The Unsubsidized Loan Program was created by the government to assure that all students, regardless of their income, would be able to obtain a student loan. The federal government does not pay the interest while you are in school. Interest will be charged from the time the loan is disbursed until it is repaid in full. If you decide to capitalize or defer the interest, it will be added to the principle amount of your loan and this will increase the amount you have to repay. If you choose the option of paying the interest as it accumulates, then you will pay less in the long run. Repayment of the interest and principle will begin six months after you graduate, totally withdraw, or drop below half-time enrollment (6 hours).For current interest rates, please visit https://studentaid.gov/.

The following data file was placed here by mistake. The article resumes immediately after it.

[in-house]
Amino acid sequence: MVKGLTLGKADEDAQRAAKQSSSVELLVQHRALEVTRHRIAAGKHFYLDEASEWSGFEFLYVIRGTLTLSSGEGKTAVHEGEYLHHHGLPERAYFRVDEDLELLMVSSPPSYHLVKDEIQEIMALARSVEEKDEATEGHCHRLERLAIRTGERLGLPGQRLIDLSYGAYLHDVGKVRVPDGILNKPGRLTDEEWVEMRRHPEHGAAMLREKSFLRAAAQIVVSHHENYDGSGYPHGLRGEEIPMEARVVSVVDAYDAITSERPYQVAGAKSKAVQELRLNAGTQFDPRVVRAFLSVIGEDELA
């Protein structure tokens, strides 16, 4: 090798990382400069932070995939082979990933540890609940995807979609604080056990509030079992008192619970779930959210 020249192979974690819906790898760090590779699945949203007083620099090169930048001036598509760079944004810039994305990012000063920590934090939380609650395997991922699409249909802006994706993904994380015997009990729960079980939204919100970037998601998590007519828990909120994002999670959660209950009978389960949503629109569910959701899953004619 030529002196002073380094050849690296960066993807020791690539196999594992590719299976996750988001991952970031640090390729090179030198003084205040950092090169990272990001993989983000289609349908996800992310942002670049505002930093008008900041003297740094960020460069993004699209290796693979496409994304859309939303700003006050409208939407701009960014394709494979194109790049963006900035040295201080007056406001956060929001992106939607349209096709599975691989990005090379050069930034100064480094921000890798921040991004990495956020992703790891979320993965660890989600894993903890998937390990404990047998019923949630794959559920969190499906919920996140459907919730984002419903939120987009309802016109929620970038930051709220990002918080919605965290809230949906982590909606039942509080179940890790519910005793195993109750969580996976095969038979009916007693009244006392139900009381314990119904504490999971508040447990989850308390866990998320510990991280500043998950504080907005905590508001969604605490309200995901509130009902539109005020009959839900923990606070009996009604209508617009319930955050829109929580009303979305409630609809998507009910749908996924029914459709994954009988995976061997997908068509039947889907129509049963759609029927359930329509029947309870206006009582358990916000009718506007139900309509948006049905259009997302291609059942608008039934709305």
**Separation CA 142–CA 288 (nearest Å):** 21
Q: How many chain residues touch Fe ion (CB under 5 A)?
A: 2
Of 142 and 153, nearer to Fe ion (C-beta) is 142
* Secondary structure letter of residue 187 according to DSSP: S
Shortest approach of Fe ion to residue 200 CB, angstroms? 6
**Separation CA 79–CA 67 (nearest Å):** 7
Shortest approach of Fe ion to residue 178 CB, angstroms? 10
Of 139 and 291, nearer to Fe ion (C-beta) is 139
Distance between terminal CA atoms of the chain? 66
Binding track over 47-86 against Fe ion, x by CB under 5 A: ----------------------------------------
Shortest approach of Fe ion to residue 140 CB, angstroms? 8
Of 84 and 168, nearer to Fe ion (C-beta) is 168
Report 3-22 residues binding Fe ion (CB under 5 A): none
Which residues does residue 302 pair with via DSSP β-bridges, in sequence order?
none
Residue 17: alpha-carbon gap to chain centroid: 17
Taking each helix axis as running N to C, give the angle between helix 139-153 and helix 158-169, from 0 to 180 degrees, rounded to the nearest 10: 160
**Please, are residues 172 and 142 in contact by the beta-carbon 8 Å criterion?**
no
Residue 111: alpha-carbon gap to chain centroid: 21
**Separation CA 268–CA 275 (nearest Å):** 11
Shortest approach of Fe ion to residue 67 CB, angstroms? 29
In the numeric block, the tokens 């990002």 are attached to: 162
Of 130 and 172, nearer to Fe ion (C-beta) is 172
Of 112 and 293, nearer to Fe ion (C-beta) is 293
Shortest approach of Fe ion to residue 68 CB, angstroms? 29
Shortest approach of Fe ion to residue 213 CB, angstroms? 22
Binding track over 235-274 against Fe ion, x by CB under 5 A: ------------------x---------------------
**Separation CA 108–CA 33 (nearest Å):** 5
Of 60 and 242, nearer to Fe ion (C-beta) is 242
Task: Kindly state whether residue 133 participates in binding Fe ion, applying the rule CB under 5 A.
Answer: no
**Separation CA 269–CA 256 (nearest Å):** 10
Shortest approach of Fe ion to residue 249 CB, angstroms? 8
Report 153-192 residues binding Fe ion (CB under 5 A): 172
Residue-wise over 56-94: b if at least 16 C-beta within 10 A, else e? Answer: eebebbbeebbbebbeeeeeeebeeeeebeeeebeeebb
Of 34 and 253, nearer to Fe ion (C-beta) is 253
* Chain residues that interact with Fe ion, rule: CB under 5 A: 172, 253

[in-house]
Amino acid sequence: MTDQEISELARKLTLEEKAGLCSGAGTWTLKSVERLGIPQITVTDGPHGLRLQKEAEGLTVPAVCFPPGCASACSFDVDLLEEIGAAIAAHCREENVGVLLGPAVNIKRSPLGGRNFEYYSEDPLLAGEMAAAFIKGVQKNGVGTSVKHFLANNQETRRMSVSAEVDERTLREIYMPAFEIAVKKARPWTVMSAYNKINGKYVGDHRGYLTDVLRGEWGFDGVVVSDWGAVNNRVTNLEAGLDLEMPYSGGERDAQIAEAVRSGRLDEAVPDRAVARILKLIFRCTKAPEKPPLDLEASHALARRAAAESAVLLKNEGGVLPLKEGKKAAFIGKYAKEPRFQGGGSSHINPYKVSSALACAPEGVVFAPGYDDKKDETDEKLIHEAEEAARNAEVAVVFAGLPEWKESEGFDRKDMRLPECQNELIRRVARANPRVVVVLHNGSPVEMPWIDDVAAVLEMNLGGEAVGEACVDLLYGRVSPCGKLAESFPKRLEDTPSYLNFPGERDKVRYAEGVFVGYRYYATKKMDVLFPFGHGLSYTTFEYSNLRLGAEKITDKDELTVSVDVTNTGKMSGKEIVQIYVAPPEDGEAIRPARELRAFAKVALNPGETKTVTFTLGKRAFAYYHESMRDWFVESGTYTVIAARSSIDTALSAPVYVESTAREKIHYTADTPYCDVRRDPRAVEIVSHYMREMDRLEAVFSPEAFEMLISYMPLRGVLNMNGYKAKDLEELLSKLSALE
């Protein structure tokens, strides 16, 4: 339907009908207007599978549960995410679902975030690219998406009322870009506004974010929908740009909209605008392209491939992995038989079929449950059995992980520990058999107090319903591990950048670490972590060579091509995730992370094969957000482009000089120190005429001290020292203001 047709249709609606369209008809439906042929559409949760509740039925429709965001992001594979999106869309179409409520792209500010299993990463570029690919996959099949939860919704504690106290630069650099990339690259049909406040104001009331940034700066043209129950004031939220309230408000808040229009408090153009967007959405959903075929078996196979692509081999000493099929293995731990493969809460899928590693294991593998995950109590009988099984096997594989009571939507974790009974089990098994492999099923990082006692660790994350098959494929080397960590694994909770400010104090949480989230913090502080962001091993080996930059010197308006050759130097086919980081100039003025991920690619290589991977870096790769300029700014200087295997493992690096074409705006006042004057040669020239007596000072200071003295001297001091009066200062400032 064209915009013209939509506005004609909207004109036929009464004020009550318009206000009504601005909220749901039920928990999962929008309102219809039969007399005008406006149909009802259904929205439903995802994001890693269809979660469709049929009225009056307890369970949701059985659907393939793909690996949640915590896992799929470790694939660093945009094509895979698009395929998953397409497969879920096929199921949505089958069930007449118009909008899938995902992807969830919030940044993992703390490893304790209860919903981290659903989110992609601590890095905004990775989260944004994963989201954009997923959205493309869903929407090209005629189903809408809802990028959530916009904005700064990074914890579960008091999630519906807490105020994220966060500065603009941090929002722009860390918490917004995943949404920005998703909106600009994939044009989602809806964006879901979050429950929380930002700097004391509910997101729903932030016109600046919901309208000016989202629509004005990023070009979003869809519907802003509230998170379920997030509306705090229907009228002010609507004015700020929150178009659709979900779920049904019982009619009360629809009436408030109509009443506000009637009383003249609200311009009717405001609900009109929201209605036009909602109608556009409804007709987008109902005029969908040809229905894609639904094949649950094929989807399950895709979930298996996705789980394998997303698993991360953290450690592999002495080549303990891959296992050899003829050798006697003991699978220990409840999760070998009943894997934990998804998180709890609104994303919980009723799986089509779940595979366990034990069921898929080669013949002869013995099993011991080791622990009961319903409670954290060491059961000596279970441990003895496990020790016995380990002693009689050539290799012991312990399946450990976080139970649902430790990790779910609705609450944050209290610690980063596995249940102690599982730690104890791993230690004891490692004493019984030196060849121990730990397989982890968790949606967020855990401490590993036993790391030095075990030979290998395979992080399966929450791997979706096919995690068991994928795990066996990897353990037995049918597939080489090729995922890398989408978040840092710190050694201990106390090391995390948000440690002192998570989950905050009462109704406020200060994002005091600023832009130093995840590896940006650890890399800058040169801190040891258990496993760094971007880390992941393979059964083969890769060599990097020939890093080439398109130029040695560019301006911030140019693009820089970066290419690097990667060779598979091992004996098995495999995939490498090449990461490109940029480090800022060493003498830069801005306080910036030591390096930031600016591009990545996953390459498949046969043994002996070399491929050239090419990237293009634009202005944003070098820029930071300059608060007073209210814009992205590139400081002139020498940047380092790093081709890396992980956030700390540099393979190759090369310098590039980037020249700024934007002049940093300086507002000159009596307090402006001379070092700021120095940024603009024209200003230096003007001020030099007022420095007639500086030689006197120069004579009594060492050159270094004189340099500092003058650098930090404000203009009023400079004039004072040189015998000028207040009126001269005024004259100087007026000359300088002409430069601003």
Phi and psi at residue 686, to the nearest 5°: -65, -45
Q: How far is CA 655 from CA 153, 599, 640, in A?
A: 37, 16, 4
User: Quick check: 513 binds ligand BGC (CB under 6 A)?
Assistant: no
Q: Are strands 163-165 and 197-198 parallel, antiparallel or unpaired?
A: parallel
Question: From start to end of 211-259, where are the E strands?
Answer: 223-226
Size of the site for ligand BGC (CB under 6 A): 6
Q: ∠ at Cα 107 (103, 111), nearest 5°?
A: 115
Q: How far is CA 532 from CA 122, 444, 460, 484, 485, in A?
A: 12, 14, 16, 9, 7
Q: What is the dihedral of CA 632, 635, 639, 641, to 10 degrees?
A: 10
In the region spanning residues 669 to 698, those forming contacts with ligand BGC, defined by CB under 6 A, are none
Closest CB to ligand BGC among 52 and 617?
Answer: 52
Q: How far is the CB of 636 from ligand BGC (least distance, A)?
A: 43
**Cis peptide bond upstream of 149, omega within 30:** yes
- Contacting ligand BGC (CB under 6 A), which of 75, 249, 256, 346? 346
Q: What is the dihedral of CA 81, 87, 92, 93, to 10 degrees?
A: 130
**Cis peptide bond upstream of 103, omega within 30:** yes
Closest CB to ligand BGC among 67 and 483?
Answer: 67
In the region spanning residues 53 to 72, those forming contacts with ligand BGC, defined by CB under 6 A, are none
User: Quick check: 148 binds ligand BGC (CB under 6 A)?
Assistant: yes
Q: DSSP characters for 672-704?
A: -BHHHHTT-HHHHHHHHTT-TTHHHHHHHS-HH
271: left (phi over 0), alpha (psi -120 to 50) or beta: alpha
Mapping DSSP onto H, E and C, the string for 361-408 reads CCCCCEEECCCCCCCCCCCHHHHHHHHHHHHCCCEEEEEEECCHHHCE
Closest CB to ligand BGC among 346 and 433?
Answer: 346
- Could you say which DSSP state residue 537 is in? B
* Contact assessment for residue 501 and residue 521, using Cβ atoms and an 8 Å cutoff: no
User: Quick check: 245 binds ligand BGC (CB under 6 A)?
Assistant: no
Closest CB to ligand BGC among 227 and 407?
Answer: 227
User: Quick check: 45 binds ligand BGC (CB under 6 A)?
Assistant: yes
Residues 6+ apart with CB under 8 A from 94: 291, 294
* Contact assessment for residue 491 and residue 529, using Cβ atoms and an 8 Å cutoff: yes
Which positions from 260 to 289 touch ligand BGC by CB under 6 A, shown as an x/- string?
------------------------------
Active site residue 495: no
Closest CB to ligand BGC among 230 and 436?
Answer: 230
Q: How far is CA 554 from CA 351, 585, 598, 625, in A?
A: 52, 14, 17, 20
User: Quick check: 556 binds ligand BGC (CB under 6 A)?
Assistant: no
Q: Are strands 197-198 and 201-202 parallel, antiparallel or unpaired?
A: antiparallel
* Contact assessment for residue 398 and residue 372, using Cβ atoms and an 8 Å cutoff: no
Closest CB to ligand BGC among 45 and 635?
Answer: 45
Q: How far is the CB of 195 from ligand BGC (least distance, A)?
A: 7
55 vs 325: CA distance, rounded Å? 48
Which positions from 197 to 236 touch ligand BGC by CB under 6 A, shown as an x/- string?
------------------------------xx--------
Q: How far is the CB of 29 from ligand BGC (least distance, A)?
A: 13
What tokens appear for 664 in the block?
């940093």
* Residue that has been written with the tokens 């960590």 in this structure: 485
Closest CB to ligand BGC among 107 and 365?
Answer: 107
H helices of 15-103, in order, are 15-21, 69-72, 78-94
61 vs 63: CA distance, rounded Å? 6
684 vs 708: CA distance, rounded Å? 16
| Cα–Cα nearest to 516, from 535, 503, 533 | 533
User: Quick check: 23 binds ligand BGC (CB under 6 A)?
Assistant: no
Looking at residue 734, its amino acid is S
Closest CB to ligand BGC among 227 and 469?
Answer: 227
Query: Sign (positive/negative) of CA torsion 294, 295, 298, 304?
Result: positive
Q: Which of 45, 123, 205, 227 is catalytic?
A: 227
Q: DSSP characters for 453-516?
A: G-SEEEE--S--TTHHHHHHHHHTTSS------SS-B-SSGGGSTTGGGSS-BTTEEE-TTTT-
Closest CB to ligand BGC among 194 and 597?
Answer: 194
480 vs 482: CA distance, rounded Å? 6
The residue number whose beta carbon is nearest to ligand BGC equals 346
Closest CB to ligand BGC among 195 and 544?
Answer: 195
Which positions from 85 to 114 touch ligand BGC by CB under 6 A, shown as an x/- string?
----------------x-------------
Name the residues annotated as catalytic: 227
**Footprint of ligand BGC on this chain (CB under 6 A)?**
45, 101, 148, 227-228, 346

Terms of the Loan:

  1. Monthly payments begin 180 days after the student is no longer enrolled at least half-time.
  2. The minimum payment will be $50 per month. The payment could be larger, depending on the size of the loan debt.
  3. The Direct Loan Program charges an origination fee.